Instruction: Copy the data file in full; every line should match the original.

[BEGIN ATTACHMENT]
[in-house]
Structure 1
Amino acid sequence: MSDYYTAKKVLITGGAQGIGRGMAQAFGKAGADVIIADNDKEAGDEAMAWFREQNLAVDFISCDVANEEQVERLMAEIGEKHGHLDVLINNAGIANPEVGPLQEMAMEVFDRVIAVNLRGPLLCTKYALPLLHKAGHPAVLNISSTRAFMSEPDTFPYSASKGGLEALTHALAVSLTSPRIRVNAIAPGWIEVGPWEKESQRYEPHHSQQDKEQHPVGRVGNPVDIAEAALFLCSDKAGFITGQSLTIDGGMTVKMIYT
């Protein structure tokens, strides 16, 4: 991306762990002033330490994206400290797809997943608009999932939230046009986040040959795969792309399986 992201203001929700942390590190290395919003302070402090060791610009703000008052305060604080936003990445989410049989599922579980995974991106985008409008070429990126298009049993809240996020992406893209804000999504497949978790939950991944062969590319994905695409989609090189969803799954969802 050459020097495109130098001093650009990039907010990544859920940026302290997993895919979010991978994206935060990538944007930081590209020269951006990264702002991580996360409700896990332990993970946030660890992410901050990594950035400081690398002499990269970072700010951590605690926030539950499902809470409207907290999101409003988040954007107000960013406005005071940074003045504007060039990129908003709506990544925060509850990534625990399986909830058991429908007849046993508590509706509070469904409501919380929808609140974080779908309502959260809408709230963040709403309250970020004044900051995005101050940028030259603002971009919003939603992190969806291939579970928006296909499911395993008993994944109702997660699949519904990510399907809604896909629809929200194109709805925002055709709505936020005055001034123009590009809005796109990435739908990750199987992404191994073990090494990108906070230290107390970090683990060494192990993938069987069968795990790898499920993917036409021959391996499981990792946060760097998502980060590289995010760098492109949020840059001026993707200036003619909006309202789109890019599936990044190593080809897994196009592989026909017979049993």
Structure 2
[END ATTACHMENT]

[in-house]
Structure 1
Amino acid sequence: MSDYYTAKKVLITGGAQGIGRGMAQAFGKAGADVIIADNDKEAGDEAMAWFREQNLAVDFISCDVANEEQVERLMAEIGEKHGHLDVLINNAGIANPEVGPLQEMAMEVFDRVIAVNLRGPLLCTKYALPLLHKAGHPAVLNISSTRAFMSEPDTFPYSASKGGLEALTHALAVSLTSPRIRVNAIAPGWIEVGPWEKESQRYEPHHSQQDKEQHPVGRVGNPVDIAEAALFLCSDKAGFITGQSLTIDGGMTVKMIYT
């Protein structure tokens, strides 16, 4: 991306762990002033330490994206400290797809997943608009999932939230046009986040040959795969792309399986 992201203001929700942390590190290395919003302070402090060791610009703000008052305060604080936003990445989410049989599922579980995974991106985008409008070429990126298009049993809240996020992406893209804000999504497949978790939950991944062969590319994905695409989609090189969803799954969802 050459020097495109130098001093650009990039907010990544859920940026302290997993895919979010991978994206935060990538944007930081590209020269951006990264702002991580996360409700896990332990993970946030660890992410901050990594950035400081690398002499990269970072700010951590605690926030539950499902809470409207907290999101409003988040954007107000960013406005005071940074003045504007060039990129908003709506990544925060509850990534625990399986909830058991429908007849046993508590509706509070469904409501919380929808609140974080779908309502959260809408709230963040709403309250970020004044900051995005101050940028030259603002971009919003939603992190969806291939579970928006296909499911395993008993994944109702997660699949519904990510399907809604896909629809929200194109709805925002055709709505936020005055001034123009590009809005796109990435739908990750199987992404191994073990090494990108906070230290107390970090683990060494192990993938069987069968795990790898499920993917036409021959391996499981990792946060760097998502980060590289995010760098492109949020840059001026993707200036003619909006309202789109890019599936990044190593080809897994196009592989026909017979049993």
Structure 2